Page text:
Why Lease the Jeep Compass?
Jeep's a tough breed of car and a tough brand - which is just as well given the knocks it's taken over the last few years. But it's back, with forward-thinking ownership from Fiat - and fresh models like this rejuvenated Compass, here to take on well established rivals in the Nissan Qashqai-dominated mid-sized SUV sector.
Jeep has a heritage going all the way back to 1941, but models capable of competing in volume areas of the SUV sector have only arrived in fairly recent years, cars like this much improved Compass. Previously, the brand tried to campaign in the mid-sized part of this segment with its Cherokee range, but that model's now been pushed up-market a little to compete with slightly more serious volume-band mid-sized SUVs like upper versions of Toyota's RAV4 and Honda's CR-V. In the past, Jeep has compromised on-tarmac prowess in pursuit of rock-hopping credibility. No longer. This Compass will still go further in the muck than most of its Qashqai-class rivals but the idea now is that you shouldn't be constantly reminded of the fact on the school run. Just as importantly, this model's smarter 'mini-Grand Cherokee' looks will need to be more than skin-deep, blended with a value proposition strong enough to lift this Compass clear of other class competitors. If Jeep has pulled all of this off in this car, then its prospects may yet look bright.
The Compass line-up is based around a Multijet diesel engine range. There's a 120bhp 1.6-litre unit and a 2.0-litre powerplant available in either 140 or 170bhp guises. There's also a 1.4-litre petrol unit with 140 or 170bhp. Four wheel drive is only available on the 170bhp petrol model or the 2.0-litre diesel. The 170bhp 2.0-litre diesel comes with a 9-speed auto gearbox, boasts a lusty 380Nm of pulling power and will be the primary choice of towers. This Compass model shares its underpinnings with Jeep's Cherokee, so you'd expect even mainstream variants to be more capable than the average family Crossover if you ever take to the wilds. Four-wheel drive models get rear-axle disconnect, which improves efficiency by switching to two-wheel drive when all-wheel drive isn't required. In the unlikely event that you're likely to be off roading frequently, you might be interested in the flagship Compass Trailhawk variant, which uses the top 170bhp 2.0-litre diesel engine and features extra body cladding, higher ground clearance, a low-range gearbox and steeper approach angles. This derivative features the 'Jeep Active Drive II' chassis that gets a two speed power transfer unit, which includes torque management and low range gears to lock the front and rear drive shafts for low speed grunt.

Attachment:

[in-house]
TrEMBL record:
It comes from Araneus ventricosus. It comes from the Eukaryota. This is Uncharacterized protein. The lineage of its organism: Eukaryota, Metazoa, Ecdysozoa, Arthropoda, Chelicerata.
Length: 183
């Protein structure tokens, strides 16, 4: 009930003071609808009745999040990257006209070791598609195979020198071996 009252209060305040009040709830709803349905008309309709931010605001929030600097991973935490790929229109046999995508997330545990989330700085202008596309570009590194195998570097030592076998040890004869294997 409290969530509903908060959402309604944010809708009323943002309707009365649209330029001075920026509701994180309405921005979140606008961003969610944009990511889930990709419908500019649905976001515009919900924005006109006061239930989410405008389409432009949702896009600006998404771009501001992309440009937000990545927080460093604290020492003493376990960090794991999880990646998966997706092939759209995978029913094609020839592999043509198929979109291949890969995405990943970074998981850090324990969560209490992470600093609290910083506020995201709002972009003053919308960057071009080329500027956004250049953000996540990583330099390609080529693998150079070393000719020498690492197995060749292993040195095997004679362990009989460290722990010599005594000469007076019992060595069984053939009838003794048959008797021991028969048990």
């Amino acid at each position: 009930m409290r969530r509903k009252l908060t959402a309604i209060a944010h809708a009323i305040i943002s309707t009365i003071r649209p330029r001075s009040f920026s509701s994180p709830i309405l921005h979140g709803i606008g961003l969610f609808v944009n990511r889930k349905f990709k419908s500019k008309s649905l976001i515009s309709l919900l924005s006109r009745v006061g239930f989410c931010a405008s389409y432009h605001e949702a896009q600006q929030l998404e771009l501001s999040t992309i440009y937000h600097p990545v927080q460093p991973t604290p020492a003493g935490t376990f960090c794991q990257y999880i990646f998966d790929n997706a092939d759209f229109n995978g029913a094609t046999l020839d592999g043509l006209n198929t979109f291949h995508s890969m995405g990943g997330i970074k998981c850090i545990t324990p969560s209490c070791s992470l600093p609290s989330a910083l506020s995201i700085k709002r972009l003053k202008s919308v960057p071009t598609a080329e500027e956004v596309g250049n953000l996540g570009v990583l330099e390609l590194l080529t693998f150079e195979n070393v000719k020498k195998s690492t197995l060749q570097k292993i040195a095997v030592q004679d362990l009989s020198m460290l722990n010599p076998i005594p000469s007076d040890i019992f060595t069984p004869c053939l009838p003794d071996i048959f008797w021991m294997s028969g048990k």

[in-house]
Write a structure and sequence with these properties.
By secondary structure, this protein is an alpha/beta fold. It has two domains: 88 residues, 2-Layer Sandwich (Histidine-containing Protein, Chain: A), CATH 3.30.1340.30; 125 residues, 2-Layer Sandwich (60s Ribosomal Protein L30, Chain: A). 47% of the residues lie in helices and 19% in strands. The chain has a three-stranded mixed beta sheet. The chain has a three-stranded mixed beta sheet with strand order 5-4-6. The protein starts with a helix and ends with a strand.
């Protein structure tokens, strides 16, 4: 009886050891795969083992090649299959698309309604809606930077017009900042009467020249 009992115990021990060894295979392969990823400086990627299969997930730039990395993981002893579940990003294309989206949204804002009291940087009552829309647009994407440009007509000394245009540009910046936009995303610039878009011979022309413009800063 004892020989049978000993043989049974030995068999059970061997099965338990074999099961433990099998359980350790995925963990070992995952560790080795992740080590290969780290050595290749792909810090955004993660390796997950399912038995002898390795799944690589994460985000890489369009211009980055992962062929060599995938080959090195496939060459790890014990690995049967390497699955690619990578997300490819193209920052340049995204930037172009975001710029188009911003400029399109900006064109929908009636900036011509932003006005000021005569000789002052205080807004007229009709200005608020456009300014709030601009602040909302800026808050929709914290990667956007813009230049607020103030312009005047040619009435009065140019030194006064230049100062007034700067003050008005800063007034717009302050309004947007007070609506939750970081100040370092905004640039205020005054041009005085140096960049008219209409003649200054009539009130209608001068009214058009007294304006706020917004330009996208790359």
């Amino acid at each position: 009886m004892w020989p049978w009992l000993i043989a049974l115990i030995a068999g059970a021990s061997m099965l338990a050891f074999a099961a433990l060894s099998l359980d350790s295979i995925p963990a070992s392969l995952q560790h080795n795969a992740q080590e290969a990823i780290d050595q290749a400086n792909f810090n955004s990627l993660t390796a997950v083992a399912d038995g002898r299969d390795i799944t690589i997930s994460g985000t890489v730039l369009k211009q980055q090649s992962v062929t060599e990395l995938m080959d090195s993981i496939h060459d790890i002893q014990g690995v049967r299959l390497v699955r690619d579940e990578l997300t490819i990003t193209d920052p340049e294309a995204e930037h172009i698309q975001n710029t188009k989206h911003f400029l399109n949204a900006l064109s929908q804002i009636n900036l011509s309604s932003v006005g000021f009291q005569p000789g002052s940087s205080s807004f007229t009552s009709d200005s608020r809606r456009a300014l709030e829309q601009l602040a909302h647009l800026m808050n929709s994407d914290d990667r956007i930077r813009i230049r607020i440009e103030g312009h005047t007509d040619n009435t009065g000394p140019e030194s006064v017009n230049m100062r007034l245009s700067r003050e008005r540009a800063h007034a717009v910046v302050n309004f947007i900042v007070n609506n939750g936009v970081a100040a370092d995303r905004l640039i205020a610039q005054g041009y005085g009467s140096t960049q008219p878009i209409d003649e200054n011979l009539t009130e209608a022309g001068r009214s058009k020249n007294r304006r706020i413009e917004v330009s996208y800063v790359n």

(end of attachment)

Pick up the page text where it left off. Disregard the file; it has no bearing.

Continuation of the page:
Design and Build
The exterior looks of this Compass model are less daring than is the case with the brand's smaller Renegade SUV. Trademark Jeep elements include the large, seven-slot front grille and the trapezoidal wheel arches and the contrast colour roof is a smart touch. The sharp LED headlights look good too. Inside, the fascia features plenty of soft-touch plastics but the overall design isn't as characerful as is the case with rivals like Peugeot's 3008. A few touches of black gloss plastic lift the ambience and the seats look smart and feel supportive. As with most new Fiat Group models, in the centre of the dash of this one, you'll find a 'Uconnect' infotainment screen, available in either 5, 7 or 8.4-inch sizes, depending on the model you select. This monitor controls the navigation, entertainment and other in-cabin heating systems: we'd prefer if the ventilation controls had remained with old-fashioned knobs. It's not always very intuitive to be stabbing away at a touchscreen. At the back, shoulder room and legroom are both good, but if you get a version fitted with the panoramic sunroof, adult headroom is restricted. The 438-litre boot is roomy too - a fraction larger than a rival Qashqai's. It's annoying though, that you can't flatten to the rear bench without coming round to the side doors.